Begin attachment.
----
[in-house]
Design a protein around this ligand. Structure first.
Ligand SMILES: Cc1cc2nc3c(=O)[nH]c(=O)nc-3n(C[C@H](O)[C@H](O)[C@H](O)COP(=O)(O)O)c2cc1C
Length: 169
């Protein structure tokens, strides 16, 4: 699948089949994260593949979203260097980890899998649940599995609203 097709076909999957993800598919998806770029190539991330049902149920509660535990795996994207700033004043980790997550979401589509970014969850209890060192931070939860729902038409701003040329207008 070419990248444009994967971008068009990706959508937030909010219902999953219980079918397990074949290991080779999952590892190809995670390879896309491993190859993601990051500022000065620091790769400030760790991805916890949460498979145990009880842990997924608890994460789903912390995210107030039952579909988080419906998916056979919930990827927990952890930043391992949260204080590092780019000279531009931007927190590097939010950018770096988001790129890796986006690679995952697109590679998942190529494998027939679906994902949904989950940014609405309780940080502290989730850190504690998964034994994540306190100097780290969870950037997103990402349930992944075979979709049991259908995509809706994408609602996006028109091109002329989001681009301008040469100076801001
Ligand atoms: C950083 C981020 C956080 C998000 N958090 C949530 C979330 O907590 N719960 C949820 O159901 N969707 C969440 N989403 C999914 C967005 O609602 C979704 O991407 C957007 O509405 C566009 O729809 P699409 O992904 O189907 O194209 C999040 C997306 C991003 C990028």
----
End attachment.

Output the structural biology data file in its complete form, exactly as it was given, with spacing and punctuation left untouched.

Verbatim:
[in-house]
Design a protein around this ligand. Structure first.
Ligand SMILES: Cc1cc2nc3c(=O)[nH]c(=O)nc-3n(C[C@H](O)[C@H](O)[C@H](O)COP(=O)(O)O)c2cc1C
Length: 169
């Protein structure tokens, strides 16, 4: 699948089949994260593949979203260097980890899998649940599995609203 097709076909999957993800598919998806770029190539991330049902149920509660535990795996994207700033004043980790997550979401589509970014969850209890060192931070939860729902038409701003040329207008 070419990248444009994967971008068009990706959508937030909010219902999953219980079918397990074949290991080779999952590892190809995670390879896309491993190859993601990051500022000065620091790769400030760790991805916890949460498979145990009880842990997924608890994460789903912390995210107030039952579909988080419906998916056979919930990827927990952890930043391992949260204080590092780019000279531009931007927190590097939010950018770096988001790129890796986006690679995952697109590679998942190529494998027939679906994902949904989950940014609405309780940080502290989730850190504690998964034994994540306190100097780290969870950037997103990402349930992944075979979709049991259908995509809706994408609602996006028109091109002329989001681009301008040469100076801001
Ligand atoms: C950083 C981020 C956080 C998000 N958090 C949530 C979330 O907590 N719960 C949820 O159901 N969707 C969440 N989403 C999914 C967005 O609602 C979704 O991407 C957007 O509405 C566009 O729809 P699409 O992904 O189907 O194209 C999040 C997306 C991003 C990028």